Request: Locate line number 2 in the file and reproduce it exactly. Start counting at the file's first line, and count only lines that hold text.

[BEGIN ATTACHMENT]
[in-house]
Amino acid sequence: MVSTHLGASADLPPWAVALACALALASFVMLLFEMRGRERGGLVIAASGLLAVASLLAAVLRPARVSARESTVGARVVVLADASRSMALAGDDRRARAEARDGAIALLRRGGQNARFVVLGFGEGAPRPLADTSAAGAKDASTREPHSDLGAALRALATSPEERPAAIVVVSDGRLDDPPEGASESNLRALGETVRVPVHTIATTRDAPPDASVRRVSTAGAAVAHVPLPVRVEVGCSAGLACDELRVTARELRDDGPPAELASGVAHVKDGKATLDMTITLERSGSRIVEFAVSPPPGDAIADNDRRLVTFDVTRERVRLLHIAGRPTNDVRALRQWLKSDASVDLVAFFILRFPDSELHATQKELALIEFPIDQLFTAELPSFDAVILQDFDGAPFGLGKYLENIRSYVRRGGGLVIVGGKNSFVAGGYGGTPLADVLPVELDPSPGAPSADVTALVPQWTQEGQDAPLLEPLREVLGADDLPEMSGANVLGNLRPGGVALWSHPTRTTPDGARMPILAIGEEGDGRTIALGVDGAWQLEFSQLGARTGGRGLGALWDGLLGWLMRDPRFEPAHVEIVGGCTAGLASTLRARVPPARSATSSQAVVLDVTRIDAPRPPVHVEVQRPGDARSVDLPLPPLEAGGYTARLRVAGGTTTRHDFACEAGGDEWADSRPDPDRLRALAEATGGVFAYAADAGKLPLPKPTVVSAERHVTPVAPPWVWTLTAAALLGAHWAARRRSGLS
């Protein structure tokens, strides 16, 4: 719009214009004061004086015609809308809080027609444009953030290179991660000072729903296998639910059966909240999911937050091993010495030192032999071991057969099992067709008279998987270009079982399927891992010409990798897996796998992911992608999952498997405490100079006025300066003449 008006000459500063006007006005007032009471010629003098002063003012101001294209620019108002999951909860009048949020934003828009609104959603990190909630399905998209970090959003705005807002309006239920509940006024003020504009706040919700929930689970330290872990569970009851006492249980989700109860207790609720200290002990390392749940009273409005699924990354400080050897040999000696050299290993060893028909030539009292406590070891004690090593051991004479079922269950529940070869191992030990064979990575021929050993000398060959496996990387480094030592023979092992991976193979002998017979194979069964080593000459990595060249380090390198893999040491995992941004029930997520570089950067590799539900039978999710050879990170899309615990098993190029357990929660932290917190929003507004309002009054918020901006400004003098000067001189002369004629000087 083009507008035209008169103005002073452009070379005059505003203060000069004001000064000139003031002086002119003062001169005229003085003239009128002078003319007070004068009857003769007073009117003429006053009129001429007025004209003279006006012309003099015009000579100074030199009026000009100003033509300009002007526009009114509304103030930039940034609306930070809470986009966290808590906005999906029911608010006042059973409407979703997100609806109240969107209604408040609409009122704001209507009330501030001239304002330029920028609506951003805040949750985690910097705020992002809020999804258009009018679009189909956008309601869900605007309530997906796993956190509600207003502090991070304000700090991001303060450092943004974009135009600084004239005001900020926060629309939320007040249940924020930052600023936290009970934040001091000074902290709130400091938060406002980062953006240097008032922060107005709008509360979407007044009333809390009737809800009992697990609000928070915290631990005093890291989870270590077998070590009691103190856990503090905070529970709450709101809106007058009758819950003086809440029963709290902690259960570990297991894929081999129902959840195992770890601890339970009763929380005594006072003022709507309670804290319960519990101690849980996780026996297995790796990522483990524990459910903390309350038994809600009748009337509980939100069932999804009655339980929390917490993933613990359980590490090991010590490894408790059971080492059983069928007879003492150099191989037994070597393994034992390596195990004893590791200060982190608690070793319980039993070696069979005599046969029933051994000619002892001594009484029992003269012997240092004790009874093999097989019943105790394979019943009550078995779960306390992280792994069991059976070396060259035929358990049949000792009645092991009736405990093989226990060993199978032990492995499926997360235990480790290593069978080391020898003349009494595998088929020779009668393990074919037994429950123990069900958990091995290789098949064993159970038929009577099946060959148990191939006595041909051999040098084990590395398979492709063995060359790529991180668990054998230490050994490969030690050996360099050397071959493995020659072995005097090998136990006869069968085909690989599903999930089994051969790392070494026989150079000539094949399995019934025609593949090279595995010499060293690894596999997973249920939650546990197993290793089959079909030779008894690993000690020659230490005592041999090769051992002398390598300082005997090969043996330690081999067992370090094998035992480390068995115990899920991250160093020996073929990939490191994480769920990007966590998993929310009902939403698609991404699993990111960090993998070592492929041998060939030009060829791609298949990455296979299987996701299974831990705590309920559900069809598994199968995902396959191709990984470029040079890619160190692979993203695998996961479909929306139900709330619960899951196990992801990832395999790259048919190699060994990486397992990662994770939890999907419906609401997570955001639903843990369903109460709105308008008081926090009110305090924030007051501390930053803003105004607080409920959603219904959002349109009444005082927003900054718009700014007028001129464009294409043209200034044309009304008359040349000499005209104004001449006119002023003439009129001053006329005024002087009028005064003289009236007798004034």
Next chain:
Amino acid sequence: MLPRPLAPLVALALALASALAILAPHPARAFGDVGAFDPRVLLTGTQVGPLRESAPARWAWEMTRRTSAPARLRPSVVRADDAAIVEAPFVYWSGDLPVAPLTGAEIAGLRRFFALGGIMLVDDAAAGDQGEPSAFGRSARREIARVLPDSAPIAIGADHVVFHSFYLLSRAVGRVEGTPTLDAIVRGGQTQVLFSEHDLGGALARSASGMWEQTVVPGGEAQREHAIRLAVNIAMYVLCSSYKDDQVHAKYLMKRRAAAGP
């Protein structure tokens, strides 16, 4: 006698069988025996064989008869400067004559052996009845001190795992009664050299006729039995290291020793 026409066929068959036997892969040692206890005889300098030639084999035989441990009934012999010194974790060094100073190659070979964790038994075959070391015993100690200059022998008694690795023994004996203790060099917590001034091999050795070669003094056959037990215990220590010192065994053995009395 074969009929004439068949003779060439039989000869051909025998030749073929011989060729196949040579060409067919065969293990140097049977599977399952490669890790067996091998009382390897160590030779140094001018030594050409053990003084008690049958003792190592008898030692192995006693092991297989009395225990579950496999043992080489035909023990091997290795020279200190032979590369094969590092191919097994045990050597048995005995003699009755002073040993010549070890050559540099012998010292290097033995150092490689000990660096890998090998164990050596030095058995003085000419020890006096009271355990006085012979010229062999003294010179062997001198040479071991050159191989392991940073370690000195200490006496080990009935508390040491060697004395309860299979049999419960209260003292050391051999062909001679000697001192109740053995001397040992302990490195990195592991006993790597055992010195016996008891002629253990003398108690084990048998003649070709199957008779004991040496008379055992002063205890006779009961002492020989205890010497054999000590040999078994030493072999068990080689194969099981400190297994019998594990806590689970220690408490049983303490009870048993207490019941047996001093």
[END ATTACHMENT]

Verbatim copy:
Amino acid sequence: MVSTHLGASADLPPWAVALACALALASFVMLLFEMRGRERGGLVIAASGLLAVASLLAAVLRPARVSARESTVGARVVVLADASRSMALAGDDRRARAEARDGAIALLRRGGQNARFVVLGFGEGAPRPLADTSAAGAKDASTREPHSDLGAALRALATSPEERPAAIVVVSDGRLDDPPEGASESNLRALGETVRVPVHTIATTRDAPPDASVRRVSTAGAAVAHVPLPVRVEVGCSAGLACDELRVTARELRDDGPPAELASGVAHVKDGKATLDMTITLERSGSRIVEFAVSPPPGDAIADNDRRLVTFDVTRERVRLLHIAGRPTNDVRALRQWLKSDASVDLVAFFILRFPDSELHATQKELALIEFPIDQLFTAELPSFDAVILQDFDGAPFGLGKYLENIRSYVRRGGGLVIVGGKNSFVAGGYGGTPLADVLPVELDPSPGAPSADVTALVPQWTQEGQDAPLLEPLREVLGADDLPEMSGANVLGNLRPGGVALWSHPTRTTPDGARMPILAIGEEGDGRTIALGVDGAWQLEFSQLGARTGGRGLGALWDGLLGWLMRDPRFEPAHVEIVGGCTAGLASTLRARVPPARSATSSQAVVLDVTRIDAPRPPVHVEVQRPGDARSVDLPLPPLEAGGYTARLRVAGGTTTRHDFACEAGGDEWADSRPDPDRLRALAEATGGVFAYAADAGKLPLPKPTVVSAERHVTPVAPPWVWTLTAAALLGAHWAARRRSGLS